Java – Which part of throwing an Exception is expensive


In Java, using throw/catch as a part of logic when there's not actually an error is generally a bad idea (in part) because throwing and catching an exception is expensive, and doing it many times in a loop is usually far slower than other control structures which don't involve throwing exceptions.

My question is, is the cost incurred in the throw/catch itself, or when creating the Exception object (since it gets a lot of runtime information including the execution stack)?

In other words, if I do

Exception e = new Exception();

but don't throw it, is that most of the cost of throwing, or is the throw + catch handling what's costly?

I'm not asking whether putting code in a try/catch block adds to the cost of executing that code, I'm asking whether catching the Exception is the expensive part, or creating (calling the constructor for) the Exception is the expensive part.

Another way of asking this is, if I made one instance of Exception and threw and caught it over and over, would that be significantly faster than creating a new Exception every time I throw?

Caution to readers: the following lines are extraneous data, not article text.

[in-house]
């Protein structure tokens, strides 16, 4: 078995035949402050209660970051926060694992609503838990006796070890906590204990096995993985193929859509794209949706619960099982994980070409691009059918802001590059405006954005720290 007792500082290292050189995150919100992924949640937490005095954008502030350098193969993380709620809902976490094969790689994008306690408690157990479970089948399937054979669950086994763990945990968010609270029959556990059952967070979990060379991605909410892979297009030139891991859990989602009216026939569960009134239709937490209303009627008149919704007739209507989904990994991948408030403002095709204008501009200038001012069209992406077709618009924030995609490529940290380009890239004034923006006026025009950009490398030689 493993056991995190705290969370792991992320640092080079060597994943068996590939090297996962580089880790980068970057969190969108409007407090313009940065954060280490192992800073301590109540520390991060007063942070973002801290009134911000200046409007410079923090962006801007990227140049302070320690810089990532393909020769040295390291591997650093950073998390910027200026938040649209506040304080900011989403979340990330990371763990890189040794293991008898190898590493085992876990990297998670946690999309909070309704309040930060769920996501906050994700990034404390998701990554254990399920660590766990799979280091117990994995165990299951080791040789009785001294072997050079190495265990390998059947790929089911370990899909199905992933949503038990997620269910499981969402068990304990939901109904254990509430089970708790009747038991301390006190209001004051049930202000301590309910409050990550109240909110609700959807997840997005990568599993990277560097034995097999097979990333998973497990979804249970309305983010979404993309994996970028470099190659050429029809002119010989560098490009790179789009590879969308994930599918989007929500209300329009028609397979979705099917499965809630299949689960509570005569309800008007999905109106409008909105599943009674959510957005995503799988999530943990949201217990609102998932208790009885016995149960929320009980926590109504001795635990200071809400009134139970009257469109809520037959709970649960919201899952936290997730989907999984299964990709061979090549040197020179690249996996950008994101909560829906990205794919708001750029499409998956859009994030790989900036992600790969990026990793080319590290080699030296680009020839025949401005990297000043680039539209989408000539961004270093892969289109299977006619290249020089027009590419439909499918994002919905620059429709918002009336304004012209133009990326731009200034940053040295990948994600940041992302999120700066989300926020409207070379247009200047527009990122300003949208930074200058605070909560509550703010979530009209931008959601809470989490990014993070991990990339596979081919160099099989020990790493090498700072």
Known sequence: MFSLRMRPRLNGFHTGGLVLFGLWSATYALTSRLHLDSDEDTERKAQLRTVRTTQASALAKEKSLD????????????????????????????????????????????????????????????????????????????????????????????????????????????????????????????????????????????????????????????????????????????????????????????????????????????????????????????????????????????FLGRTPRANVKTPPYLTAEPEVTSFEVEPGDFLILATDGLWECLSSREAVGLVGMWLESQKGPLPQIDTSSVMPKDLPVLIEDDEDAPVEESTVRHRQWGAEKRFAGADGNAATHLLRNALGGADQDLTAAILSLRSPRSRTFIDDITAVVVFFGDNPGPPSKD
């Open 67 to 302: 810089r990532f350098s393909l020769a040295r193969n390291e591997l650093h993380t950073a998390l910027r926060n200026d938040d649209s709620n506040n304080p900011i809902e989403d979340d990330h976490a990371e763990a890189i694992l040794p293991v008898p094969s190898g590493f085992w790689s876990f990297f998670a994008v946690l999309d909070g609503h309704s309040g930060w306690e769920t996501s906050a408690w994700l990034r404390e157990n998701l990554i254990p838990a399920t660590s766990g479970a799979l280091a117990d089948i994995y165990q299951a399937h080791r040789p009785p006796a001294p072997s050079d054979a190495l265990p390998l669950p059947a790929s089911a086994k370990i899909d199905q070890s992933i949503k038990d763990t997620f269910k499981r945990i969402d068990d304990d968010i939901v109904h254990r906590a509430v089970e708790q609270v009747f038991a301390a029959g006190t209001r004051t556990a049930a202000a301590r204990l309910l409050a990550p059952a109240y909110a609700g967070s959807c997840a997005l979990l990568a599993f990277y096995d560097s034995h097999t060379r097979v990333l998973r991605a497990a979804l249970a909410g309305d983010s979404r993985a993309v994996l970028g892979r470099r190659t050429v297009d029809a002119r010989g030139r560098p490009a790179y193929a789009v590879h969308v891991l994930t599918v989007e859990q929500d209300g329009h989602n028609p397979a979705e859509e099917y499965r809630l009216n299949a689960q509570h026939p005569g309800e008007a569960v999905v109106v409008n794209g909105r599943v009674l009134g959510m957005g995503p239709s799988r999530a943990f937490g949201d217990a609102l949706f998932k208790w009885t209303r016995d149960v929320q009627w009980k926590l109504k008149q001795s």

Best Solution

Creating an exception object is not more expensive than creating other regular objects. The main cost is hidden in native fillInStackTrace method which walks through the call stack and collects all required information to build a stack trace: classes, method names, line numbers etc.

The myth about high exception costs comes from the fact that most of Throwable constructors implicitly call fillInStackTrace. However, there is one constructor to create a Throwable without a stack trace. It allows you to make throwables that are very fast to instantiate. Another way to create lightweight exceptions is to override fillInStackTrace.

Now what about throwing an exception?
In fact, it depends on where a thrown exception is caught.

If it is caught in the same method (or, more precisely, in the same context, since the context can include several methods due to inlining), then throw is as fast and simple as goto (of course, after JIT compilation).

However if a catch block is somewhere deeper in the stack, then JVM needs to unwind the stack frames, and this can take significantly longer. It takes even longer, if there are synchronized blocks or methods involved, because unwinding implies releasing of monitors owned by removed stack frames.

I could confirm the above statements by proper benchmarks, but fortunately I don't need to do this, since all the aspects are already perfectly covered in the post of HotSpot's performance engineer Alexey Shipilev: The Exceptional Performance of Lil' Exception.